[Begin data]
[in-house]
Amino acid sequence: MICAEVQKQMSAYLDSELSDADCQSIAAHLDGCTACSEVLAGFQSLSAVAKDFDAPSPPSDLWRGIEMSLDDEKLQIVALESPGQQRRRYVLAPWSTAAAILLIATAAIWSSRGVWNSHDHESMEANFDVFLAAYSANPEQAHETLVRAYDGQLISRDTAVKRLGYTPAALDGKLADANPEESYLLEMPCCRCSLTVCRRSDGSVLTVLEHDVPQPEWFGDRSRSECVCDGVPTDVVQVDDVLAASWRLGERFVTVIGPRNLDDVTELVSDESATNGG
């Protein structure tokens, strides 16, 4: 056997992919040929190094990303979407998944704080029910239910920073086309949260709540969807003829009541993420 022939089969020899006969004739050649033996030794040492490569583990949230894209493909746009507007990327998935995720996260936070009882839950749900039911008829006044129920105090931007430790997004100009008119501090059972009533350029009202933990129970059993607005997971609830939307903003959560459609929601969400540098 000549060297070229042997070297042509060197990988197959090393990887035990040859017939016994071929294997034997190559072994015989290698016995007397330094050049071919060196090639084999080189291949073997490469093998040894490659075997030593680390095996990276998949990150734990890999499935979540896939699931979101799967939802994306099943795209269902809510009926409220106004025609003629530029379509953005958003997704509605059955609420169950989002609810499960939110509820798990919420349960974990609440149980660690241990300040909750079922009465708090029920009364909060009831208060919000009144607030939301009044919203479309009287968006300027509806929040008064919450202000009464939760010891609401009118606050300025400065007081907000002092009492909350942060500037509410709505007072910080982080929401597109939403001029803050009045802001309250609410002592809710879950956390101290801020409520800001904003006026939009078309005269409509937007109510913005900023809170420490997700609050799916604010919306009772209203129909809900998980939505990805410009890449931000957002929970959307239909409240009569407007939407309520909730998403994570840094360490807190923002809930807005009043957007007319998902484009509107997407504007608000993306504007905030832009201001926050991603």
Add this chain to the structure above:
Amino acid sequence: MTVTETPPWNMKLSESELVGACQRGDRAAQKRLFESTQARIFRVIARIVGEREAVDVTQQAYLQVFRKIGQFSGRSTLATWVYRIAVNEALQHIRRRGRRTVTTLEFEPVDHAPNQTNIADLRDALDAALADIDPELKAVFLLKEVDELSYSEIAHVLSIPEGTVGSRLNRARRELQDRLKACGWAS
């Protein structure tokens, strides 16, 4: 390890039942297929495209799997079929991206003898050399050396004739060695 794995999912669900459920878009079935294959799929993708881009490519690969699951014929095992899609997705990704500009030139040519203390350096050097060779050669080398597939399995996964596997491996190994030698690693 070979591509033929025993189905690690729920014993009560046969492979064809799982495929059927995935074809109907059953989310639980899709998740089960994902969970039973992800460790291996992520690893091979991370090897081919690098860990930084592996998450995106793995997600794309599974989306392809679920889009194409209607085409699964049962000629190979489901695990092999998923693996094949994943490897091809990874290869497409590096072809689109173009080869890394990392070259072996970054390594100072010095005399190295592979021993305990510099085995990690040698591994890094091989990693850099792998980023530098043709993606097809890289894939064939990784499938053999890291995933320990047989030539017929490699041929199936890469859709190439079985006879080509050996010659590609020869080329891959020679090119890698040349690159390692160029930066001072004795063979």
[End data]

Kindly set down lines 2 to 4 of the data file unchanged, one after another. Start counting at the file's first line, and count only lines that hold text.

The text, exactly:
Amino acid sequence: MICAEVQKQMSAYLDSELSDADCQSIAAHLDGCTACSEVLAGFQSLSAVAKDFDAPSPPSDLWRGIEMSLDDEKLQIVALESPGQQRRRYVLAPWSTAAAILLIATAAIWSSRGVWNSHDHESMEANFDVFLAAYSANPEQAHETLVRAYDGQLISRDTAVKRLGYTPAALDGKLADANPEESYLLEMPCCRCSLTVCRRSDGSVLTVLEHDVPQPEWFGDRSRSECVCDGVPTDVVQVDDVLAASWRLGERFVTVIGPRNLDDVTELVSDESATNGG
């Protein structure tokens, strides 16, 4: 056997992919040929190094990303979407998944704080029910239910920073086309949260709540969807003829009541993420 022939089969020899006969004739050649033996030794040492490569583990949230894209493909746009507007990327998935995720996260936070009882839950749900039911008829006044129920105090931007430790997004100009008119501090059972009533350029009202933990129970059993607005997971609830939307903003959560459609929601969400540098 000549060297070229042997070297042509060197990988197959090393990887035990040859017939016994071929294997034997190559072994015989290698016995007397330094050049071919060196090639084999080189291949073997490469093998040894490659075997030593680390095996990276998949990150734990890999499935979540896939699931979101799967939802994306099943795209269902809510009926409220106004025609003629530029379509953005958003997704509605059955609420169950989002609810499960939110509820798990919420349960974990609440149980660690241990300040909750079922009465708090029920009364909060009831208060919000009144607030939301009044919203479309009287968006300027509806929040008064919450202000009464939760010891609401009118606050300025400065007081907000002092009492909350942060500037509410709505007072910080982080929401597109939403001029803050009045802001309250609410002592809710879950956390101290801020409520800001904003006026939009078309005269409509937007109510913005900023809170420490997700609050799916604010919306009772209203129909809900998980939505990805410009890449931000957002929970959307239909409240009569407007939407309520909730998403994570840094360490807190923002809930807005009043957007007319998902484009509107997407504007608000993306504007905030832009201001926050991603």
Add this chain to the structure above: